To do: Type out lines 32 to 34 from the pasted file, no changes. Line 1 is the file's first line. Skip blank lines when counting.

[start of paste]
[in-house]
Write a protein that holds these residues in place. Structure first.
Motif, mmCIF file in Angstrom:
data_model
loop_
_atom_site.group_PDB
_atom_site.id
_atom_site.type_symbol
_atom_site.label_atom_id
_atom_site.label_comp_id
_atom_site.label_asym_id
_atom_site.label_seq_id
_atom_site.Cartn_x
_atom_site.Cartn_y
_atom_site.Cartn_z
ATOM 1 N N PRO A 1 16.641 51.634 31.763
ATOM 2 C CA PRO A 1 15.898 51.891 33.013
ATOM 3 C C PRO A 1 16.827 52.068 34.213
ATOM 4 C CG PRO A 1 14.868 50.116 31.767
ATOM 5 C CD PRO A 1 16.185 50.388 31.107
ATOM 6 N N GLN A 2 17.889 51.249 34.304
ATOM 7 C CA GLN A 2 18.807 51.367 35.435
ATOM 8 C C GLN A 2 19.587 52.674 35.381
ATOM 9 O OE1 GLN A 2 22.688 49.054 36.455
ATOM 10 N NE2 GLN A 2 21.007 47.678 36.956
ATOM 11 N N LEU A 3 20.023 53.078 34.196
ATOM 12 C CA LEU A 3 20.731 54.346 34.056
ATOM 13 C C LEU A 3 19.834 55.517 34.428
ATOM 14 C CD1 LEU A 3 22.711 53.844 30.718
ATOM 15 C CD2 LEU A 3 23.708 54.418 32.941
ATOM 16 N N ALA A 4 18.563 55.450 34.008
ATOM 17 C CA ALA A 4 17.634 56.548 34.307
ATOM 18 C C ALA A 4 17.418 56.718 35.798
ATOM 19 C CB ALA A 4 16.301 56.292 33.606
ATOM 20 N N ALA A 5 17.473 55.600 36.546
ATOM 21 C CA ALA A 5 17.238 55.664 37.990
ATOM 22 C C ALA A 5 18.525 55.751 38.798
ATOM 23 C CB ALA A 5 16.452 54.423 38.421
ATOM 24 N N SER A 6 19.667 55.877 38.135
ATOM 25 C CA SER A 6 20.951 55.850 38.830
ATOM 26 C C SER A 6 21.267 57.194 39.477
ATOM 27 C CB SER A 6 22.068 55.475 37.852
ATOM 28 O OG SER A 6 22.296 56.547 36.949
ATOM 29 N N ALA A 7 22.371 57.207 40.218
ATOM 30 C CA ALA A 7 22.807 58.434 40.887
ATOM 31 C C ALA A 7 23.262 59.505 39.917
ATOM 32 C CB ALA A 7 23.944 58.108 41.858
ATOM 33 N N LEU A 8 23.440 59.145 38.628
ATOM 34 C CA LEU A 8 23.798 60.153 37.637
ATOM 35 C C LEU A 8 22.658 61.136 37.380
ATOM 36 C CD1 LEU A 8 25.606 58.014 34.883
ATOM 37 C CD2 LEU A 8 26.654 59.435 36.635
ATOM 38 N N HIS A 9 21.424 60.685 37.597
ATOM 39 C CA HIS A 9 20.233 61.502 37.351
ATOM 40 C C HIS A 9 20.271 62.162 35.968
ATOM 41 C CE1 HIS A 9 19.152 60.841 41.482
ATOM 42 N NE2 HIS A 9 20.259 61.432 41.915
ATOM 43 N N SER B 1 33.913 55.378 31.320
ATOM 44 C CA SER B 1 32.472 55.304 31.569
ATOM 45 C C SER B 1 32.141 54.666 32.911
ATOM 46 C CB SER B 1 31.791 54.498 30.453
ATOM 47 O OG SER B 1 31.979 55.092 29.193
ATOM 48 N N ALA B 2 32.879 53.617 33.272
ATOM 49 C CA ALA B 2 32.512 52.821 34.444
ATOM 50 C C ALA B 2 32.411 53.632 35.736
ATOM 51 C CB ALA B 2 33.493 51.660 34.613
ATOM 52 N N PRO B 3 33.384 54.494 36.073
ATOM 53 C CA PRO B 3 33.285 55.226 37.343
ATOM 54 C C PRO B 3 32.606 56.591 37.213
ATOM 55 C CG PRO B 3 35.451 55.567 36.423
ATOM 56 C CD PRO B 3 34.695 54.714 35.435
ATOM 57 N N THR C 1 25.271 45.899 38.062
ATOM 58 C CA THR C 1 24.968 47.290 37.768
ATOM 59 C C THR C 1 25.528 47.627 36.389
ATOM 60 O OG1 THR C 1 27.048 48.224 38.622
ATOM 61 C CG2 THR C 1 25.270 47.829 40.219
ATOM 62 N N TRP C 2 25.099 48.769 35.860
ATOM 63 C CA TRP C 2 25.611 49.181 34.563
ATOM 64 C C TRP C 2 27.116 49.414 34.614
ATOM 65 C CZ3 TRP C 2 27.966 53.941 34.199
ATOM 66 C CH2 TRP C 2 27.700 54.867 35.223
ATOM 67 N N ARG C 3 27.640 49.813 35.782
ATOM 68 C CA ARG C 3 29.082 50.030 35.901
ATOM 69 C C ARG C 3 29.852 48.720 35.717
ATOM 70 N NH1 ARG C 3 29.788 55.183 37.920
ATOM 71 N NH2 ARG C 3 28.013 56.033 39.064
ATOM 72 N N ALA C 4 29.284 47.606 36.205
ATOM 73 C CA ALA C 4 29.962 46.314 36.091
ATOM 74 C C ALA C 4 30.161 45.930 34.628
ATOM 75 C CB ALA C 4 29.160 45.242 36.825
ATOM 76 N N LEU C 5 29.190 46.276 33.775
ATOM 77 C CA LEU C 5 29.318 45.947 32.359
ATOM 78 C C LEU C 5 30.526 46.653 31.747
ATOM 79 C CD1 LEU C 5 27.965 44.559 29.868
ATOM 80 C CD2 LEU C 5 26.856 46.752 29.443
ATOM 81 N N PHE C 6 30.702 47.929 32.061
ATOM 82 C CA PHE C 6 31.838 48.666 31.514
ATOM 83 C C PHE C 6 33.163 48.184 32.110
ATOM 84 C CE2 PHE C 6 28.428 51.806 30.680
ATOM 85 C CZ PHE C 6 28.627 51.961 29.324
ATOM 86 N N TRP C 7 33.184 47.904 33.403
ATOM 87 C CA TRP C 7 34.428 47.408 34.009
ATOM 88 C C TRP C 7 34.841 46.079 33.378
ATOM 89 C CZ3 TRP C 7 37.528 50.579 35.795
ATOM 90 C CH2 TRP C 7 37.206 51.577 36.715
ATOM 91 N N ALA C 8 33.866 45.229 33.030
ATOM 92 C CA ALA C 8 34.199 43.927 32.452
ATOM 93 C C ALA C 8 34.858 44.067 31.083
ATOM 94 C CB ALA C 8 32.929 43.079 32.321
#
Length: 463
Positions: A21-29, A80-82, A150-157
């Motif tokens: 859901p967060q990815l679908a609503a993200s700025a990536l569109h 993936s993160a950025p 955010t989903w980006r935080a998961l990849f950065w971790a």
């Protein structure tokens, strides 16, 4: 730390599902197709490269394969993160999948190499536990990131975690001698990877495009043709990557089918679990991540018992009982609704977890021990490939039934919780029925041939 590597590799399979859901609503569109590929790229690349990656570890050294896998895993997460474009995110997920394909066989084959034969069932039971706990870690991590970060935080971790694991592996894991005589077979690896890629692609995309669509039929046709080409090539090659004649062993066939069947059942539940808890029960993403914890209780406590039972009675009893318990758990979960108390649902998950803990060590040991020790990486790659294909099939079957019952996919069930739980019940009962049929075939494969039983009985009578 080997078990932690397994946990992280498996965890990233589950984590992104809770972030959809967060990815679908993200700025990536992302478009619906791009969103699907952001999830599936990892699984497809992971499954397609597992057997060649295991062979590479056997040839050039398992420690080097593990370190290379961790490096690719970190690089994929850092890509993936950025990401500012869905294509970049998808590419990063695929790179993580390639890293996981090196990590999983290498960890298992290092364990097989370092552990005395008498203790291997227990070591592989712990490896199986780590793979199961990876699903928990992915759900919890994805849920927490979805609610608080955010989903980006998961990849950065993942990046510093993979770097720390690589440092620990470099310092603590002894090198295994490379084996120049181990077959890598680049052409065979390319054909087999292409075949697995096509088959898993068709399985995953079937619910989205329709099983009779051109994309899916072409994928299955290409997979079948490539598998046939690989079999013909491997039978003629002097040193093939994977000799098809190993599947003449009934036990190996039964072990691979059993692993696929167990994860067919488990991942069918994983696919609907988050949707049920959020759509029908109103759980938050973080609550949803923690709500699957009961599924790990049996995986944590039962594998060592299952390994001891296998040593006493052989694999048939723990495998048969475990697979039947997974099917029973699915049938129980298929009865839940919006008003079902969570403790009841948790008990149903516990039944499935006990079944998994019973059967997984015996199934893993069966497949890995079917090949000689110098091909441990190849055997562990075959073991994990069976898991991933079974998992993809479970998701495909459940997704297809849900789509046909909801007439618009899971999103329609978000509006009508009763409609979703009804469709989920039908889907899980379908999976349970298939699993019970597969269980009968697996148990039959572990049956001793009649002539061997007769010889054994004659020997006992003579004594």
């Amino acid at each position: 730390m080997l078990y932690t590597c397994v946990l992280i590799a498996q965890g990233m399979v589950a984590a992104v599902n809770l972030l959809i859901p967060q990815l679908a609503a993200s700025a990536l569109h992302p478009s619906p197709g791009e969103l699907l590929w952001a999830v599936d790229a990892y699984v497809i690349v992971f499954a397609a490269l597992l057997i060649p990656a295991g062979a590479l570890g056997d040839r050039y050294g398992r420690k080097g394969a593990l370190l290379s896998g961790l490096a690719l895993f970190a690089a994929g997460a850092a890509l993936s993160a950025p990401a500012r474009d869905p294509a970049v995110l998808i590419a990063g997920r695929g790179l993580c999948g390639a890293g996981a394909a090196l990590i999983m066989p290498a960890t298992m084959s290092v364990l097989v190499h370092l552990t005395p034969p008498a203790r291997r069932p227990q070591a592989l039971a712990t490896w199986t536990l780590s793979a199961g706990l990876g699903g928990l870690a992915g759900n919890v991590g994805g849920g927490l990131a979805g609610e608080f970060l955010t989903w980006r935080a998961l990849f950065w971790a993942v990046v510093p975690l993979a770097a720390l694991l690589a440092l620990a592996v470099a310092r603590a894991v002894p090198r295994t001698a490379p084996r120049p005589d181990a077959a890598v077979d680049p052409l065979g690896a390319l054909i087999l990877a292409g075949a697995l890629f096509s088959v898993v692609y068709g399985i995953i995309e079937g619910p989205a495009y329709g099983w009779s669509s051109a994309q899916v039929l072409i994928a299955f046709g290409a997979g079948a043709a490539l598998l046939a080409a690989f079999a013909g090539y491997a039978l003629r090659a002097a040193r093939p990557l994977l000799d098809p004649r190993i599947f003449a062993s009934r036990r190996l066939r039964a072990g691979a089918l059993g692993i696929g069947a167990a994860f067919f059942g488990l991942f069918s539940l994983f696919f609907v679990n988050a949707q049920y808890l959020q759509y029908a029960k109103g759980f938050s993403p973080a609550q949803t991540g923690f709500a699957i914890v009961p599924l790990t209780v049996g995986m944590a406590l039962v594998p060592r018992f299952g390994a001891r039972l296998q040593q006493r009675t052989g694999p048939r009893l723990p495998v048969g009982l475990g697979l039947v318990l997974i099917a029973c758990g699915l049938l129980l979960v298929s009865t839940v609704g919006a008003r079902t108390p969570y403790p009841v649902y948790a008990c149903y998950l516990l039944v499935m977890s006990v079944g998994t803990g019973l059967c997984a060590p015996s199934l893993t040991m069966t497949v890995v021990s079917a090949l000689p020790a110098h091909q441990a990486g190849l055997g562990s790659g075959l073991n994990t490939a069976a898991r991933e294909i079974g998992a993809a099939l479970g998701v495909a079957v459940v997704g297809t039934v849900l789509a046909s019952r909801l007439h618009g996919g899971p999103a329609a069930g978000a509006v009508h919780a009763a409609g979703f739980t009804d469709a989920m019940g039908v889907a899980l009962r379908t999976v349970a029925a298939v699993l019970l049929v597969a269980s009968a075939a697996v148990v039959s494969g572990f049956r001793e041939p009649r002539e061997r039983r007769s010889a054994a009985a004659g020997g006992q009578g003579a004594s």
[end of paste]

ATOM 17 C CA ALA A 4 17.634 56.548 34.307
ATOM 18 C C ALA A 4 17.418 56.718 35.798
ATOM 19 C CB ALA A 4 16.301 56.292 33.606